7 Key Differences Between B-To-B and Consumer Marketing

When asked if he could write an effective direct-mail package on a complex electronic control system, a well-known copywriter replied, “No problem. It doesn’t matter what the product is. You’re selling to people. And people are pretty much the same.”

Wrong!

There are seven key factors that set business-to-Business (B-to-B) marketing apart from consumer marketing:

  1. THE BUSINESS BUYER WANTS TO BUY.

    Most consumer advertising offers products that people might enjoy but don’t really need. If we subscribe to a magazine, we do so for pleasure – not because the information is essential to our day-to-day lives.

    In B-to-B, the situation is different. Business buyers need to buy. All business enterprises must routinely buy products and services that help them stay profitable, competitive, and successful.

  2. THE BUSINESS BUYER IS SOPHISTICATED.

    Your typical business reader is sophisticated and has a high interest in – and understanding of – your product.

    The prospect usually knows more about the product than you do. It’s folly to believe a few days spent reading about mainframe computers will educate you to the level of your prospect – a systems analyst with six years of experience.

    The sophistication of the reader requires you to do a tremendous amount of research into the market, the product, and its use. The business audience does not respond well to slogans, hype, or oversimplification.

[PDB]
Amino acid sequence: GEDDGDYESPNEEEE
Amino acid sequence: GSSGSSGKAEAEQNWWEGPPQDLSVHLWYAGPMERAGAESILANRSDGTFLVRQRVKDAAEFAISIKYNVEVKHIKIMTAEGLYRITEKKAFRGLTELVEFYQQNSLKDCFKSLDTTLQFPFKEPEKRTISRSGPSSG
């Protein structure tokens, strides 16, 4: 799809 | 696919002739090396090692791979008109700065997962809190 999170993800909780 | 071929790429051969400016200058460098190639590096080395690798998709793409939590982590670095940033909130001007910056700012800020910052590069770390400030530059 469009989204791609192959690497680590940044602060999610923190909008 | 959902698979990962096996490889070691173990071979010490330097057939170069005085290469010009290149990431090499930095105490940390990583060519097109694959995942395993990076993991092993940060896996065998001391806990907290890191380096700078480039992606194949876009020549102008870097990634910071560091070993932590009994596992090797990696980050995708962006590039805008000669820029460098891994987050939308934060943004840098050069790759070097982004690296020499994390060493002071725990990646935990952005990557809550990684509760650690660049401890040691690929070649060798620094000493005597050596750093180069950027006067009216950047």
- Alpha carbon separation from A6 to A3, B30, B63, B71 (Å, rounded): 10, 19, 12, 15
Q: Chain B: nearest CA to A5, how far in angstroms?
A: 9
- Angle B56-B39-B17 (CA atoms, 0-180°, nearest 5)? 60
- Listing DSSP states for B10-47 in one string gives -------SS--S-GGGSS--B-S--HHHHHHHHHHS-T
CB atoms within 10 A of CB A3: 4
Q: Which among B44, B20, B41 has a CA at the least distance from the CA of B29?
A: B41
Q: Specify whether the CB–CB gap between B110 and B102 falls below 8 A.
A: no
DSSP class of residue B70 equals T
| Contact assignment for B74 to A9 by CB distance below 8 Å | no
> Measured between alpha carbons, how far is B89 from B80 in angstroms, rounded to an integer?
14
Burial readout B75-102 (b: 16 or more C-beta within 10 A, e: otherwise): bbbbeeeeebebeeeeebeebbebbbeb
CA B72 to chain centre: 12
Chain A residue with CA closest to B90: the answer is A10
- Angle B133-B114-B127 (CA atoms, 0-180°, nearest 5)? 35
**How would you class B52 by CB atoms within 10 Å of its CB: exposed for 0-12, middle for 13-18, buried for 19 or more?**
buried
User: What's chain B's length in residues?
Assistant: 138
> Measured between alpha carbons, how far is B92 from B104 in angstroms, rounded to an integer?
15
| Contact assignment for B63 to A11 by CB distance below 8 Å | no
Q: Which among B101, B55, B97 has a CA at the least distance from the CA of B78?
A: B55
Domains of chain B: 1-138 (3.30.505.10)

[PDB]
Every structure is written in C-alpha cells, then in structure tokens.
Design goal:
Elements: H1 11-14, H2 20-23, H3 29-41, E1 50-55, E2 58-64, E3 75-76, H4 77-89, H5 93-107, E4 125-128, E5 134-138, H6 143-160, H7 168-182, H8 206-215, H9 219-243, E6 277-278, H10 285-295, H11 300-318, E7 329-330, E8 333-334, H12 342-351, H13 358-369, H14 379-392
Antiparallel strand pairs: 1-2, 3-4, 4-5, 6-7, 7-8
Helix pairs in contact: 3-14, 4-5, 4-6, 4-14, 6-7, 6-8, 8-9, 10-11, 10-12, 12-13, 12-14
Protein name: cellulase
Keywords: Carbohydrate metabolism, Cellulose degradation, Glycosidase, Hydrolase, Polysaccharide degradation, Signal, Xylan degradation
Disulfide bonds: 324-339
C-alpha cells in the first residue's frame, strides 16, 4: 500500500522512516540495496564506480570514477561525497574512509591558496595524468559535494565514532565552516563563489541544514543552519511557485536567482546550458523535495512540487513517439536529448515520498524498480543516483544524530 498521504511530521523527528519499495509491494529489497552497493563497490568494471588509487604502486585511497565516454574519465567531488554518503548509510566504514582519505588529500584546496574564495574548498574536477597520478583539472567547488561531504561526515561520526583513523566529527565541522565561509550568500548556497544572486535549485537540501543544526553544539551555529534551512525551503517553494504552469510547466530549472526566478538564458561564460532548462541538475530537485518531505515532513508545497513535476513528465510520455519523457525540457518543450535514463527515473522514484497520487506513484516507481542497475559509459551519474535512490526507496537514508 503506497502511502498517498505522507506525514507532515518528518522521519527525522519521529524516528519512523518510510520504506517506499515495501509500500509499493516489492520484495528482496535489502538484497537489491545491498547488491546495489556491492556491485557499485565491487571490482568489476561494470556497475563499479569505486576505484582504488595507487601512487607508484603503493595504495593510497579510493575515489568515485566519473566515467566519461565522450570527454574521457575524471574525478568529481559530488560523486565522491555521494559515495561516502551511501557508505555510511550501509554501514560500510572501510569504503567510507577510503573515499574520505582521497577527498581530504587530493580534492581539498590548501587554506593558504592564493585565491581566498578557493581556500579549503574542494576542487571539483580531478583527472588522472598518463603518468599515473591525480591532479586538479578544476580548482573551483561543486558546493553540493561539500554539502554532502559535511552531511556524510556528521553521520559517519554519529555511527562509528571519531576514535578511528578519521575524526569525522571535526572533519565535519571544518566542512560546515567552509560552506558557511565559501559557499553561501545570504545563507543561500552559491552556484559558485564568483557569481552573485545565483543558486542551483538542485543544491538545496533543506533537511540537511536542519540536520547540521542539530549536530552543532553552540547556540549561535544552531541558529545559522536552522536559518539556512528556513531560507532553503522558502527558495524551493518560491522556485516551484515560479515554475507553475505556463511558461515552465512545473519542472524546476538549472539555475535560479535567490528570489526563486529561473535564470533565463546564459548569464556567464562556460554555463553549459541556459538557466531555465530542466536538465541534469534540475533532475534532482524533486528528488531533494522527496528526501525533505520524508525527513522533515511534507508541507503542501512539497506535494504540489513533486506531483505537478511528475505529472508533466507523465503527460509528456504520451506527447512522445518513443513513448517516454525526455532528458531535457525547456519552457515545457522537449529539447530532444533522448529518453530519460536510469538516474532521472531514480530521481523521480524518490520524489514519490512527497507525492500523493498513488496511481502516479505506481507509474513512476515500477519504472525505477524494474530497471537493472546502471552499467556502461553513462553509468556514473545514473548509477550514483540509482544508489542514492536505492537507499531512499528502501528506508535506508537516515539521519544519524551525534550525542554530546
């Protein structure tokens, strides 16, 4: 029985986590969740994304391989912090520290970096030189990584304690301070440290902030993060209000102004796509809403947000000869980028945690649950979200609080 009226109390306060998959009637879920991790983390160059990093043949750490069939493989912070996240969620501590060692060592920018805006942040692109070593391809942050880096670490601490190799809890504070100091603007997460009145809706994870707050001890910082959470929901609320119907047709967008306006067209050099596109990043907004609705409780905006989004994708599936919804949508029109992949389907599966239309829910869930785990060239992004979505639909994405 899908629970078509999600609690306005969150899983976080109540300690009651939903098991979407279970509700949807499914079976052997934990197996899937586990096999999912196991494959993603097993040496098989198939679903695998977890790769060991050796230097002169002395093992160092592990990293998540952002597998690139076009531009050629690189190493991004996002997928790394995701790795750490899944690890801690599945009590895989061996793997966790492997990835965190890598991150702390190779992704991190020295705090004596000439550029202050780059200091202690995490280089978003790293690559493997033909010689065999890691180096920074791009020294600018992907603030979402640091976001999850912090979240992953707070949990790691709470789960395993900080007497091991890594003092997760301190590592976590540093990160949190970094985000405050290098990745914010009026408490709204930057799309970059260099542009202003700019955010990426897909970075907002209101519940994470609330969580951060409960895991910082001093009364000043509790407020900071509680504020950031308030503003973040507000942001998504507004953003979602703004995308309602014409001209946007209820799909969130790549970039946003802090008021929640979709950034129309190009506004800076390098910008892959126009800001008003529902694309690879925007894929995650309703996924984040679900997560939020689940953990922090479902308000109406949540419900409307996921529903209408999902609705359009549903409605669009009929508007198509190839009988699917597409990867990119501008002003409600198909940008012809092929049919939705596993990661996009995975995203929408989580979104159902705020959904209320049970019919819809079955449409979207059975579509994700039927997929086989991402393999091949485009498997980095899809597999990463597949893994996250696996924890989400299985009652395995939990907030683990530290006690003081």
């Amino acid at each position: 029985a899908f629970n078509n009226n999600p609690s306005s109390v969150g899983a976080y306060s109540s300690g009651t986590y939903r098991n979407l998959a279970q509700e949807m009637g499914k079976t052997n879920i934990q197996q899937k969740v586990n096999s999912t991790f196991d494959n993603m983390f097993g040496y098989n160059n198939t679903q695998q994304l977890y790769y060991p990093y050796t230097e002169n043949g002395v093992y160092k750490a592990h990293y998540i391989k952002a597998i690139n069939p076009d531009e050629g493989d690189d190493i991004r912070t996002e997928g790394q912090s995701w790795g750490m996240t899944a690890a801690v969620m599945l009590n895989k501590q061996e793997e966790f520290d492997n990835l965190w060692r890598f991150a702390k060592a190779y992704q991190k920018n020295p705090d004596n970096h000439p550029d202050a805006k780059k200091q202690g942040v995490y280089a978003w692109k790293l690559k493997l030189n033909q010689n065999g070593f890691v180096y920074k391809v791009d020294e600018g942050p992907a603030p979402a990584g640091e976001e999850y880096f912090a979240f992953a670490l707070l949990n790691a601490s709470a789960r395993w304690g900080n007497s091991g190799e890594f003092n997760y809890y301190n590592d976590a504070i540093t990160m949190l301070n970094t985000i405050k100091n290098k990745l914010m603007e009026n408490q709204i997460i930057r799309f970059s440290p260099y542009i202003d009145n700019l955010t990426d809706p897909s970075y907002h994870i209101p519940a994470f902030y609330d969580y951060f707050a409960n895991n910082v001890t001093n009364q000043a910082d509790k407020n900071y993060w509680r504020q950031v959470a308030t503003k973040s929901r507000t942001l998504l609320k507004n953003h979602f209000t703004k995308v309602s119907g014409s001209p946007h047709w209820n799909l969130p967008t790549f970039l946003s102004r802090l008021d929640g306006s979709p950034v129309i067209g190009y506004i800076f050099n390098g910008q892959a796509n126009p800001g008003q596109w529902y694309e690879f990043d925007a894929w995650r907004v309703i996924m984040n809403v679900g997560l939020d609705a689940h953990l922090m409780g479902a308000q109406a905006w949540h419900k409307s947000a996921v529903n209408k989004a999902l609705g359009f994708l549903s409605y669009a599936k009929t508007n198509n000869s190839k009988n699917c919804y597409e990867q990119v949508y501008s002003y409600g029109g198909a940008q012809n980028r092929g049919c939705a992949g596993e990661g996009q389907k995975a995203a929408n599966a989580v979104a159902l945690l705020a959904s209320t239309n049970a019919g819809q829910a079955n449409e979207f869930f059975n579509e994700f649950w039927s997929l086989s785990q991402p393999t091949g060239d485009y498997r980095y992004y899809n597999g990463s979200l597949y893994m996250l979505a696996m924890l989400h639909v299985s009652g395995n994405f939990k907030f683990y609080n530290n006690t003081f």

3. THE BUSINESS BUYER WILL READ LONG COPY.

    The business buyer is an information-seeker, on the lookout for information and advice that will help him do his job better, increase profits, or advance his career.

    “Our prospects are turned off by colorful, advertising-type sales brochures,” says the marketing manager of a company selling complex software products. “They’re hungry for information and respond better to letters and bulletins that explain, in fairly technical terms, what our product is and how it solves a particular problem.”

    Don’t be afraid to write long copy. Prospects will read your message – if it’s interesting, important, and relevant to their needs.

    Don’t hesitate to use informational pieces as response hooks for ads and mailers. The offer of a free booklet, report, or technical guide pulls well – despite the glut of reading matter clogging the prospect’s in-basket.

  4. BUYING IS A MULTI-STEP PROCESS IN B-to-B.